HERE, the maps and location services business of Nokia, has launched a community mapping pilot program in India, through which it intends to crowdsource maps data.
HERE says India is the first major country where it will combine its own data collection methods with a crowd-mapping initiative, aiming to provide the freshest, most precise and locally relevant information.
A regional team of more than 1,000 people in India will work directly with local experts selected by HERE, from more than a dozen universities around the country, including Mount Carmel College in Bangalore and the SAL Institute of Technology in Ahmedabad, as per the company.
The local experts will be able to share and contribute data using Map Creator, a HERE tool that allows people to add missing streets, bridges, points of interests (POIs) and other information to the map.
To maintain accuracy and ensure quality, HERE has built a community map moderation system allowing the HERE team as well as the community to verify edits before integrating them into the base map. After integration, the changes will become available within days to all users across all HERE customers, including automakers, personal navigation device manufactures, mobile device makers and web and enterprise clients, as per the company.
"HERE, the world's leading mapping platform, aims to comprehensively and accurately map one of the most geographically diverse countries: India," said Neil Shah, Research Director, Counterpoint Research. "HERE will employ its global crowdsourcing pilot program to tap the expert 'know-where' of a billion Indian consumers. This initiative will help HERE gain a sizeable competitive edge with broader and denser mapping coverage in one of the most multi-faceted geographies globally."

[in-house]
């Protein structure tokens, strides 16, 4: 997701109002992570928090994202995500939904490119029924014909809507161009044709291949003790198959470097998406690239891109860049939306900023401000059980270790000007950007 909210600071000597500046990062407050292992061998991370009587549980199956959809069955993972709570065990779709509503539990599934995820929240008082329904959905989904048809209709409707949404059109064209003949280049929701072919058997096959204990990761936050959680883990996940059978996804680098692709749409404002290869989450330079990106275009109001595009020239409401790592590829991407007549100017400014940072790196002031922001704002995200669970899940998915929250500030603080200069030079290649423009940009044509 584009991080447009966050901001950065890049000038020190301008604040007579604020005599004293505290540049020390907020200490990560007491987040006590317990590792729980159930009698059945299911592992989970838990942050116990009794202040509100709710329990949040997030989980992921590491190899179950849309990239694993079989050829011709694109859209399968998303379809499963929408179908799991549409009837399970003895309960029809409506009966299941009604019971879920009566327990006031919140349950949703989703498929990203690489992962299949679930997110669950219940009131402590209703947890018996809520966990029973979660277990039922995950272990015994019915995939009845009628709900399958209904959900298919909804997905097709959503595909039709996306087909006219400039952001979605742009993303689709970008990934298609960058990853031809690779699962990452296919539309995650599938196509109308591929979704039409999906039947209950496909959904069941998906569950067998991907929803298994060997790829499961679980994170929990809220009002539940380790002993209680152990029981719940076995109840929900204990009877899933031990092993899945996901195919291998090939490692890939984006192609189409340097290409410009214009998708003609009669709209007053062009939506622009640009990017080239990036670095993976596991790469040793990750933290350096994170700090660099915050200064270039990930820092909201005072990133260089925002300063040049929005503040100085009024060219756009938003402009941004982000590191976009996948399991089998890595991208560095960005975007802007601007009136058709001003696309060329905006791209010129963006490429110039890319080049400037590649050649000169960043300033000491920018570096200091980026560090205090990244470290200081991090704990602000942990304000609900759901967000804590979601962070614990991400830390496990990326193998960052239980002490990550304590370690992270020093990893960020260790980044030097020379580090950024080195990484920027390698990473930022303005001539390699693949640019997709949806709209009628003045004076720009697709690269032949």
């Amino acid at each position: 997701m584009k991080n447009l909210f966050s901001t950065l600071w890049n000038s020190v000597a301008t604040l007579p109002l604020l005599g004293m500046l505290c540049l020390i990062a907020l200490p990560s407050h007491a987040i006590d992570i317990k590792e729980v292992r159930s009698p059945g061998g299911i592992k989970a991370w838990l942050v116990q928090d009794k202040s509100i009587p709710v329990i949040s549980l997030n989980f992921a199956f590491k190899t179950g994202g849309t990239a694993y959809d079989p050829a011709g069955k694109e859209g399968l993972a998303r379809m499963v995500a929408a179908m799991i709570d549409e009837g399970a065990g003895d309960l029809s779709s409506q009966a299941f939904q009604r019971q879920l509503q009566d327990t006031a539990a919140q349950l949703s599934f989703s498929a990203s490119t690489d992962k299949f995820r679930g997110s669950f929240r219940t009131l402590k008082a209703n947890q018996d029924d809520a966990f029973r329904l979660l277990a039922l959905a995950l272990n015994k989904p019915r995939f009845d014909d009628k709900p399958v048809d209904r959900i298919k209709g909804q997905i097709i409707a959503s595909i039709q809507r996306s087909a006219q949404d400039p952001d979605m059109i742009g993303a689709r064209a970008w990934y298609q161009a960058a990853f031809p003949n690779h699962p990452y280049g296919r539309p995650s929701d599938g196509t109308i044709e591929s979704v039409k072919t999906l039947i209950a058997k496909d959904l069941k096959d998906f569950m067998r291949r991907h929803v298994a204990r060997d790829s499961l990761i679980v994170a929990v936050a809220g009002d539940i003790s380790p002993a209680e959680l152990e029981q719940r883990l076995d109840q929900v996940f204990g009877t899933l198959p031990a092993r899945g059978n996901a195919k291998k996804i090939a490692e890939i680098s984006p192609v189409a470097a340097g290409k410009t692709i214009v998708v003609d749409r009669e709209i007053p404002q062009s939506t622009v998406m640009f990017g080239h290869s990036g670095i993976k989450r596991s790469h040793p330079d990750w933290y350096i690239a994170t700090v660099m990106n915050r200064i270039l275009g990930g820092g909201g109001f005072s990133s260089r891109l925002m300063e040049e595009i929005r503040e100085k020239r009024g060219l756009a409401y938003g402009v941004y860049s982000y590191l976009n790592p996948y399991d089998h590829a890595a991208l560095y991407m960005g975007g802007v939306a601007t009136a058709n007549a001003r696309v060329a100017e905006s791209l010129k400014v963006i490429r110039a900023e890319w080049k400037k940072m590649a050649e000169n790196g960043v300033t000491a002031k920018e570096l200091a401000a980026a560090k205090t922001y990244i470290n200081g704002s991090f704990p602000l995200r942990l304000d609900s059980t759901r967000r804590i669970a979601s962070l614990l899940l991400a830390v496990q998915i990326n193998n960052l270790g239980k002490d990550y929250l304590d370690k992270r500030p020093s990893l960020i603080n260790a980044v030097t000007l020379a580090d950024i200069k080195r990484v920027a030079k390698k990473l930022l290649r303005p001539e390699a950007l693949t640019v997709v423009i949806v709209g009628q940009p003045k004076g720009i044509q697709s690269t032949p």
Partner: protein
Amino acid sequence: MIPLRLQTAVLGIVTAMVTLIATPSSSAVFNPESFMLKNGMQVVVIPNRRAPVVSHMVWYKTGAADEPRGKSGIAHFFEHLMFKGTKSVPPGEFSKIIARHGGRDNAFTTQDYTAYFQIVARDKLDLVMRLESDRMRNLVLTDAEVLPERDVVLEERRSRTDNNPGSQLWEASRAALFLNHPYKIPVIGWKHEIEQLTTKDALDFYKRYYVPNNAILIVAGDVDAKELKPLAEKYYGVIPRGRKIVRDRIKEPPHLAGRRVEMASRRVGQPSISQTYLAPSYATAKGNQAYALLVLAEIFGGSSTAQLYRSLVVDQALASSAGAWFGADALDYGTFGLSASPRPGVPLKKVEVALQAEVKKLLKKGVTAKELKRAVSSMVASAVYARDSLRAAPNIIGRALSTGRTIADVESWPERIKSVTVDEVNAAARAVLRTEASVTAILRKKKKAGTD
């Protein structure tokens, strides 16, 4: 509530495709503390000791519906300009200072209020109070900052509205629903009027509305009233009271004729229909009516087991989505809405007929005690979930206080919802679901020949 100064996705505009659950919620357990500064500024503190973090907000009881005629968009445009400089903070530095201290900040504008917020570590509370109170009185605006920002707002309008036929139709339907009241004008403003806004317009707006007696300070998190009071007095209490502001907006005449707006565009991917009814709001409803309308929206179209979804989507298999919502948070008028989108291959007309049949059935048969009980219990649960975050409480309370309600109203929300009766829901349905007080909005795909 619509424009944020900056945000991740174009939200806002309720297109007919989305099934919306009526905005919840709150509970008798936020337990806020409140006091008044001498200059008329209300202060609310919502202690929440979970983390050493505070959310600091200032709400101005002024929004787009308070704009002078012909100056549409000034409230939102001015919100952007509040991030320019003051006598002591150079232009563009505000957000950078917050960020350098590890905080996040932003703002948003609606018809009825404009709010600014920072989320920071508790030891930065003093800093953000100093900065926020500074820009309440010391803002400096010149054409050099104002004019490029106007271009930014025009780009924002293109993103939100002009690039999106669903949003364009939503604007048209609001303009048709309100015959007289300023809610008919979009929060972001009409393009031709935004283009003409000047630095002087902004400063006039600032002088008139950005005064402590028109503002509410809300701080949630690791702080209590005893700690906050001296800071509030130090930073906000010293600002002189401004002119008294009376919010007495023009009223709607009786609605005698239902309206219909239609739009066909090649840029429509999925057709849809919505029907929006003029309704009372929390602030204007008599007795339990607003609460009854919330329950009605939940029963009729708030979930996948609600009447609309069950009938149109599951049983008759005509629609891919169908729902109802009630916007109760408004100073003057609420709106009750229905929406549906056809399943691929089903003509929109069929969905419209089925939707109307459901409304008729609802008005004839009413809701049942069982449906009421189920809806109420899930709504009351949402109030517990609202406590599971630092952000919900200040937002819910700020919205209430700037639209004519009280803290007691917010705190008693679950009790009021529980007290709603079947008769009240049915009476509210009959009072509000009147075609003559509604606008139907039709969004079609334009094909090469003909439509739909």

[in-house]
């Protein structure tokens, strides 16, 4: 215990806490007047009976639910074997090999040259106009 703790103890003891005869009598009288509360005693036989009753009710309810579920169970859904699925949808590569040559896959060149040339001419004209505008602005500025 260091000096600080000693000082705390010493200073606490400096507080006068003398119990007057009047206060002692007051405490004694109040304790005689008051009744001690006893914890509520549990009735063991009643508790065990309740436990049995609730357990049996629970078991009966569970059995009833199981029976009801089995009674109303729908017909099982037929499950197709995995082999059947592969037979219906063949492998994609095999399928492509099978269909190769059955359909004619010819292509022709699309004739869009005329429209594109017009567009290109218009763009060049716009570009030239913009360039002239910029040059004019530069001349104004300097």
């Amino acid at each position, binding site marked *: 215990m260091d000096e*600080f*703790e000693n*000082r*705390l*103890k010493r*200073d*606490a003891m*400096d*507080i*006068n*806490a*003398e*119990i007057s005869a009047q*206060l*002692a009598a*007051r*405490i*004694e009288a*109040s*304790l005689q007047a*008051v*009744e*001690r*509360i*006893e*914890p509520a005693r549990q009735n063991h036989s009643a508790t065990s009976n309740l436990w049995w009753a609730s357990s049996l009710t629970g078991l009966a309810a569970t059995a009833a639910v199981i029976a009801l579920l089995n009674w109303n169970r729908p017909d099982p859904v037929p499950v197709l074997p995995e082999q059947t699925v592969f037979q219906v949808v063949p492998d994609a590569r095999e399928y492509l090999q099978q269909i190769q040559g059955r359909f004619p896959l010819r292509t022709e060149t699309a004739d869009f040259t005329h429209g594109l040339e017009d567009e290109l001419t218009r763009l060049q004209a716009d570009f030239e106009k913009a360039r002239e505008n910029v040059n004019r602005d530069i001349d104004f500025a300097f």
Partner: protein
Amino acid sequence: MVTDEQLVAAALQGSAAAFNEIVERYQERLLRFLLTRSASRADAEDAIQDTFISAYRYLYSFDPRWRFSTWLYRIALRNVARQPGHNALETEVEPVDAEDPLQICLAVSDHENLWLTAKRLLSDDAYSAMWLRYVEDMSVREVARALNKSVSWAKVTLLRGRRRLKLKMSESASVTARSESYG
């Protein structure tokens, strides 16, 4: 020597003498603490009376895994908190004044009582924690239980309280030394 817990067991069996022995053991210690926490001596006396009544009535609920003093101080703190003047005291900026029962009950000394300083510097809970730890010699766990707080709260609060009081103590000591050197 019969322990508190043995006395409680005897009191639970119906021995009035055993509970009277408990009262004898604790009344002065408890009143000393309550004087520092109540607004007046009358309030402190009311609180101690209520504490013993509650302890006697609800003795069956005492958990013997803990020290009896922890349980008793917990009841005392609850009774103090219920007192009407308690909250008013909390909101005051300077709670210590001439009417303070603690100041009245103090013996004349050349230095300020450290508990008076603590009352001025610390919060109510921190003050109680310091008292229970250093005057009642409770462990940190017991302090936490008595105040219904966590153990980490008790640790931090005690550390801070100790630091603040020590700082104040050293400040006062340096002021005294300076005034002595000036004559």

HERE says the project in India is part of an ongoing series of pilot programs that it is using to enhance its community mapping capabilities and tap the knowledge of local experts.
"Sophisticated mapmaking is already a human- and capital-intensive business. Add to this the fact that the world around us is constantly evolving with the addition of new roads, new infrastructure and even new names, and cartographers simply can't keep up," said Michael Halbherr, EVP of HERE. "In vibrant, fast-growing countries like India a community mapping approach, paired with input from the right experts, means HERE can keep pace with the ever-evolving landscape so that our maps are never obsolete. Equally important, however, is not just the pure number of people contributing to our map-making community, but that we work with the right experts."
Earlier this year, Google had launched its first ever Mapping competition, Mapathon 2013 in India. The competition required participants to add their knowledge of local places through Google's Map Maker, a web based tool for improving maps. Google had said that the competition was a way of crowdsourcing to get the most comprehensive, accurate and easy-to-use maps of the country.